High court refuses to hear appeal of pro-transgender ruling

The Supreme Court refused Monday to consider shielding employers from discrimination lawsuits by transsexuals, dodging a workplace rights fight.

BY admin

November 08 2005 12:00 AM ET

The Supreme Court
refused Monday to consider shielding employers from
discrimination lawsuits by transsexuals, dodging a workplace
rights fight. The court's refusal to intervene leaves
in place a victory for Cincinnati officer Philecia
Barnes, a transgender woman who was born Phillip
Barnes. A federal appeals court upheld a jury's finding that
Barnes had been a victim of discrimination that
violated a federal civil rights law. The city was
ordered to pay the officer $320,000 plus another
$550,000 in attorney's fees.
Barnes, a 24-year veteran of the Cincinnati
police force, dressed as a man at work but as a woman
during off-hours in 1999, when the officer was
demoted. Barnes sometimes wore makeup to work and had
manicured nails. Richard Ganulin, one of the city
attorneys, told justices that employers should be
protected from discrimination lawsuits based on
"transsexual and homosexual characteristics." The city
maintains the demotion was for professional reasons.
Had the court agreed to hear the case, arguments
would have been scheduled in the spring, in time for
two justices named by President Bush to weigh in. At
issue was the scope of the 1964 Civil Rights Acts, which
protects people from sexual or racial discrimination. Sexual
orientation is not covered in the law, but justices
were asked to deal with a related issue: sex
stereotyping of transsexual workers.
The case would have been a follow-up to a 1989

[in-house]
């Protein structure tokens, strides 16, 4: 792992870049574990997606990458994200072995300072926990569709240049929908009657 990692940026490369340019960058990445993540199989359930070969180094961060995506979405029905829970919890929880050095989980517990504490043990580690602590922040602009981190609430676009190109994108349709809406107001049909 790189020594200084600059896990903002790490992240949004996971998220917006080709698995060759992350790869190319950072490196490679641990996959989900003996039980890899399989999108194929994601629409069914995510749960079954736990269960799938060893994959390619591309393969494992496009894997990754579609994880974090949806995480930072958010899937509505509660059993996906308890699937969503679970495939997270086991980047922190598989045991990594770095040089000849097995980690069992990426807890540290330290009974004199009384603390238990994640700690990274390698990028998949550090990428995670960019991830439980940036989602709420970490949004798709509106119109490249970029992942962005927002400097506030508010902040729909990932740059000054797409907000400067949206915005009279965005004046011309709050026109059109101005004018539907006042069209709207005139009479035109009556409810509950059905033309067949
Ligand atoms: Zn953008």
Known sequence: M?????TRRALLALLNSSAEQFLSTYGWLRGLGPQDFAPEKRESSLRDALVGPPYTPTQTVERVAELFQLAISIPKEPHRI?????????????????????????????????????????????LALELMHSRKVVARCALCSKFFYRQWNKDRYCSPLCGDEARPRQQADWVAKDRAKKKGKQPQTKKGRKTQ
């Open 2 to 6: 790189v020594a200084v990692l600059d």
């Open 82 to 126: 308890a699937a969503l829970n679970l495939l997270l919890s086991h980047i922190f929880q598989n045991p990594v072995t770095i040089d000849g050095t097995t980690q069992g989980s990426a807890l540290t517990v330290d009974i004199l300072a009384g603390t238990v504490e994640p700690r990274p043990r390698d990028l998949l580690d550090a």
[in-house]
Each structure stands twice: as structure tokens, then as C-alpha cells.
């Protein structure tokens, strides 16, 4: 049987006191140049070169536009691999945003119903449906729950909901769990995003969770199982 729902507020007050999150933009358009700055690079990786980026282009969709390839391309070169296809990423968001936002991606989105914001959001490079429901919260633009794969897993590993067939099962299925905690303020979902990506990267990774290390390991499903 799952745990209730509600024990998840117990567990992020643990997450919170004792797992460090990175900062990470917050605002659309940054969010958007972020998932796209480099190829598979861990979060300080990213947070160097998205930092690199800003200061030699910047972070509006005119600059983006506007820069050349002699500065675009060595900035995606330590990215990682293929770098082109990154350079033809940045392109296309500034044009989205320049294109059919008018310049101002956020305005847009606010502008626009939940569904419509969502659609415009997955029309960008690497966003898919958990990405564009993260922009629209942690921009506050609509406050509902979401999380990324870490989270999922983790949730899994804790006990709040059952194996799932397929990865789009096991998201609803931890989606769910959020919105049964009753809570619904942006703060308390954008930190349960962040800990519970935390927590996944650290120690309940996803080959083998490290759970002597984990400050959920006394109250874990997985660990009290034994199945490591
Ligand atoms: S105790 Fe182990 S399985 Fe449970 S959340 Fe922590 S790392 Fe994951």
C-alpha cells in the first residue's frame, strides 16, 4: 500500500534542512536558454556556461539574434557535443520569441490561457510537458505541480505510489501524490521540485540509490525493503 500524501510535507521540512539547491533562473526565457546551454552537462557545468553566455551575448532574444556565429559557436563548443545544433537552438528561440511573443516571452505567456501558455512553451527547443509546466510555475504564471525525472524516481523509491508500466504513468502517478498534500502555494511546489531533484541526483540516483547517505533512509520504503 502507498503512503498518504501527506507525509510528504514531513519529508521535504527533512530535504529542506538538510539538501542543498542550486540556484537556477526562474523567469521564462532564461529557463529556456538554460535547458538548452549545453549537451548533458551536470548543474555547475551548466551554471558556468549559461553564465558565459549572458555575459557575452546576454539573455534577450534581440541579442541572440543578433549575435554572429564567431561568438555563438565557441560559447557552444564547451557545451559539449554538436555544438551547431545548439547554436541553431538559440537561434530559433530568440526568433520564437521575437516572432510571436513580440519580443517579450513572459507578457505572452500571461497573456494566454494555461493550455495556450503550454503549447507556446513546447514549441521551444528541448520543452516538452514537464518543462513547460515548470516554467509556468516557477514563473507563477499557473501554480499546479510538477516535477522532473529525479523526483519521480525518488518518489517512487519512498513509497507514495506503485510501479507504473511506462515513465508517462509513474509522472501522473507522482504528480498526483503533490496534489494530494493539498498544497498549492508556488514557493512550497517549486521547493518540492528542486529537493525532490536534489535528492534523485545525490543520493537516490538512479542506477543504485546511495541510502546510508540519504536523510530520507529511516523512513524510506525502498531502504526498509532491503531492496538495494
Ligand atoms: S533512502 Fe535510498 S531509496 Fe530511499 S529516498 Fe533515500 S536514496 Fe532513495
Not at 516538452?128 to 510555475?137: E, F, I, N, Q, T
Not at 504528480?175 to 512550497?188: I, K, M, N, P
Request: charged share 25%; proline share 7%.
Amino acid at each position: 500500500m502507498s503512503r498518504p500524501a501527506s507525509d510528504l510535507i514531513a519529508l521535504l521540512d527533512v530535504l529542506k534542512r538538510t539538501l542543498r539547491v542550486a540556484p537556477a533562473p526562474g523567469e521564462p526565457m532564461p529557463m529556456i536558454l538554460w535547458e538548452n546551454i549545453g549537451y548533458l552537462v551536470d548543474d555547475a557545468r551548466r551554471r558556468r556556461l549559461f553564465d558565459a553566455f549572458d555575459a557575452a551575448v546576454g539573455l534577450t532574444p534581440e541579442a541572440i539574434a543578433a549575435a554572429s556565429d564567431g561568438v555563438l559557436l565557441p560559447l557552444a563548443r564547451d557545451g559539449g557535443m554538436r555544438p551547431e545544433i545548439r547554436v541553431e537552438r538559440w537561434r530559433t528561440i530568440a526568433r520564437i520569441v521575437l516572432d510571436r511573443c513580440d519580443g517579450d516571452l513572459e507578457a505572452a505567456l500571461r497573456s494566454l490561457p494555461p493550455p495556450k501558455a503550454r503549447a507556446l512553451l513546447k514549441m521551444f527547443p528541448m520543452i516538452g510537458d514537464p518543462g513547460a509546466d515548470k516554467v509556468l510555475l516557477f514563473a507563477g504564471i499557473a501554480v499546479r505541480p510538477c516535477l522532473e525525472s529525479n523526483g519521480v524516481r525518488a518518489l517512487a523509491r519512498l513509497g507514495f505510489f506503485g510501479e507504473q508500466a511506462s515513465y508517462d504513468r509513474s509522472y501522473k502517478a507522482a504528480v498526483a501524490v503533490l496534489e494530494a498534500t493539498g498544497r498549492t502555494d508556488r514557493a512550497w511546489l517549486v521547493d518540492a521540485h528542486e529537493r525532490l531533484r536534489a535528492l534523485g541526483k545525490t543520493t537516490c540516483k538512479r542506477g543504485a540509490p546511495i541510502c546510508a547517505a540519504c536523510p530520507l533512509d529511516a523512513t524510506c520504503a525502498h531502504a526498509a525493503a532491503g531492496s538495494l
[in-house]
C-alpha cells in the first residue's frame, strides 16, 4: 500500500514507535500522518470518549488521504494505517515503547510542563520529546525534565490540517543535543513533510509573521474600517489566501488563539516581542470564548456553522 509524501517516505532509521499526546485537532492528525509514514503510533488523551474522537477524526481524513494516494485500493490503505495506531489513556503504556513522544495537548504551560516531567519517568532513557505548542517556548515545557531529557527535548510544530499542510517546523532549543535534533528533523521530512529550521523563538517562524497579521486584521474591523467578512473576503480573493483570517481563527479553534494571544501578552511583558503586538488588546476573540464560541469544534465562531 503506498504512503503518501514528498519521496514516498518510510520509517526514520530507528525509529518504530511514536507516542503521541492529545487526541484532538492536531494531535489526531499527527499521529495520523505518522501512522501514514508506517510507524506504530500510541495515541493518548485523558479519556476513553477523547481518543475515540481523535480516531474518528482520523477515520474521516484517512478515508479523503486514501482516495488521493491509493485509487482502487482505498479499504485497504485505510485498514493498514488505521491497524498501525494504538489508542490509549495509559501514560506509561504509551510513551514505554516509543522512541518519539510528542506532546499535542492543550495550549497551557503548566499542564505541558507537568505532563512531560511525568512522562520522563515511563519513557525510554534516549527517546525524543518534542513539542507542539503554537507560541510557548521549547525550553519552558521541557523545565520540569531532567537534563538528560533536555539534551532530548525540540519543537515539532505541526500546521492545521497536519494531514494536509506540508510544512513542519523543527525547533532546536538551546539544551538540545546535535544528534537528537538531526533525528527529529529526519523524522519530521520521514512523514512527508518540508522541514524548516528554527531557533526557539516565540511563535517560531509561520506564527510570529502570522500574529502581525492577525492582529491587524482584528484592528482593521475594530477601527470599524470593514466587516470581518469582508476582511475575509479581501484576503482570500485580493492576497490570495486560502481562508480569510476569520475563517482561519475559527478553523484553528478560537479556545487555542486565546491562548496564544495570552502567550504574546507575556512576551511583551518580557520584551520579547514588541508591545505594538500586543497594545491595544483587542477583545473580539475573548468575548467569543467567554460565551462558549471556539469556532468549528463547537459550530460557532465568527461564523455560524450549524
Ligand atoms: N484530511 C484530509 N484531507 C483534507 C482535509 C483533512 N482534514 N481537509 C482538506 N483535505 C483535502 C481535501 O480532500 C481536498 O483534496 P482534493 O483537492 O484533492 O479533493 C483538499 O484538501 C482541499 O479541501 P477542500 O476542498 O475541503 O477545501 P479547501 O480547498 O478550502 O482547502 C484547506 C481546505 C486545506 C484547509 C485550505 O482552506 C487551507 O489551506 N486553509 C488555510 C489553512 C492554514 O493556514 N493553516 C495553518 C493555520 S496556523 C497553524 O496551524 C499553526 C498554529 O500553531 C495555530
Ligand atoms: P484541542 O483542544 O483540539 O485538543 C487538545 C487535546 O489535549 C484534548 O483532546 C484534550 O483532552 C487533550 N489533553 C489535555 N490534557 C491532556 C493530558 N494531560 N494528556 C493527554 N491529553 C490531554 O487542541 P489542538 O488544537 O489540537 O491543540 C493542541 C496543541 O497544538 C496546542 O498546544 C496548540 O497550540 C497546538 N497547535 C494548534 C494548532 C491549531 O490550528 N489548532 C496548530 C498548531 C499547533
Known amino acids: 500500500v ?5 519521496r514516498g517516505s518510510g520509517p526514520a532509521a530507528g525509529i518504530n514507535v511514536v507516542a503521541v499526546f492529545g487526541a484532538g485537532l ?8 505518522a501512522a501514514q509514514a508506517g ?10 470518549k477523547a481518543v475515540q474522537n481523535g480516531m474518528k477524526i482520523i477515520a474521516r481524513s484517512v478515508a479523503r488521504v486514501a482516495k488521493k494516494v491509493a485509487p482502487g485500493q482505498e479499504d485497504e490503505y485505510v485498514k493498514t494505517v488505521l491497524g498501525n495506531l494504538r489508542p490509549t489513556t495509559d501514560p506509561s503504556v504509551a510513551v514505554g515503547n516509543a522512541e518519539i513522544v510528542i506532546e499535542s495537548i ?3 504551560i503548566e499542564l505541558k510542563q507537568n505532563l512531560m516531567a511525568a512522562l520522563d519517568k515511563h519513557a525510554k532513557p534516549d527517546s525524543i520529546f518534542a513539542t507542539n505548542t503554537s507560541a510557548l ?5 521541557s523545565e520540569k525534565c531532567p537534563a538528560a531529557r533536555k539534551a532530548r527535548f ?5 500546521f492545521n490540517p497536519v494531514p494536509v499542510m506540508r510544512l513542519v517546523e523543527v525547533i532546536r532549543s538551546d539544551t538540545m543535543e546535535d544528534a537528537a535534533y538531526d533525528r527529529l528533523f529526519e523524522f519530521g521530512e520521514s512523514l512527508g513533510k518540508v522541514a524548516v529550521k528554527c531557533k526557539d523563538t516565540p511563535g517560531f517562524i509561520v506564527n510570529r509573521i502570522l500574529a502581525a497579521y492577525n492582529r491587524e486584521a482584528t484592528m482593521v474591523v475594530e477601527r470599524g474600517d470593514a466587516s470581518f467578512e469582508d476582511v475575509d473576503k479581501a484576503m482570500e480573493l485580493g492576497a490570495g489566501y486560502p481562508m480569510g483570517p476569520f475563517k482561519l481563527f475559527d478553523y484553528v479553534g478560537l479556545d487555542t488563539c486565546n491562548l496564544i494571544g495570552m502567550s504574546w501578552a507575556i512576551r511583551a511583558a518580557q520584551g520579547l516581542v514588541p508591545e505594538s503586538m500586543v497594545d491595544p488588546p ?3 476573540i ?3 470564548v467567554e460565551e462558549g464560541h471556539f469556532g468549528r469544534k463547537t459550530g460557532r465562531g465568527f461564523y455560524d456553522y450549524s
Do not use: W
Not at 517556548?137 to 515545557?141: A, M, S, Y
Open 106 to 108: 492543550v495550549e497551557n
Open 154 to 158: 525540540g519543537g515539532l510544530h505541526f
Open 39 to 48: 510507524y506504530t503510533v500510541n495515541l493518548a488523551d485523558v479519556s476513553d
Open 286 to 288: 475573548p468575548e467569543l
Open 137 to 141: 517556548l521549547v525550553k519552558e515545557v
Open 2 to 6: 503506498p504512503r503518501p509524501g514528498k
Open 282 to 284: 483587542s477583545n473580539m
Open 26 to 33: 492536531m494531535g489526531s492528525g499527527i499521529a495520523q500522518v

Supreme Court decision that made it more difficult for
employers to win lawsuits accusing them of sexual
stereotyping and other bias. That case involved a woman who
argued she was denied promotion because her supervisors
thought she did not act feminine enough.
Justice Sandra Day O'Connor played a key role in
that case. She sided with the woman and wrote a
separate opinion that gave guidelines for lower courts
to follow. Victims, she wrote, must show that "an
illegitimate criterion (such as sexual stereotyping) was a
substantial factor" in the employer's personnel decision.
Bush has named appeals court judge Samuel Alito
to replace the retiring O'Connor, and some civil
rights groups oppose the nomination. Another Bush
nominee, Chief Justice John Roberts, was confirmed in time
for the start of the Supreme Court's term last month.
Roberts replaced Rehnquist, who had voted against the
female worker in the 1989 case.
There are no good estimates of the number of
transgender workers in the United States because of
their fears of going public, said Lambda Legal
attorney Cole Thaler. "Trans employees are particularly
vulnerable to harassment and discrimination because
they deviate from employers' ideas of what men and
women are supposed to look and act like," said Thaler.

The sixth U.S.
circuit court of appeals in Cincinnati said that Barnes
had been subjected to an unusual daily evaluation by
other sergeants and required to wear a microphone at
all times. (AP)

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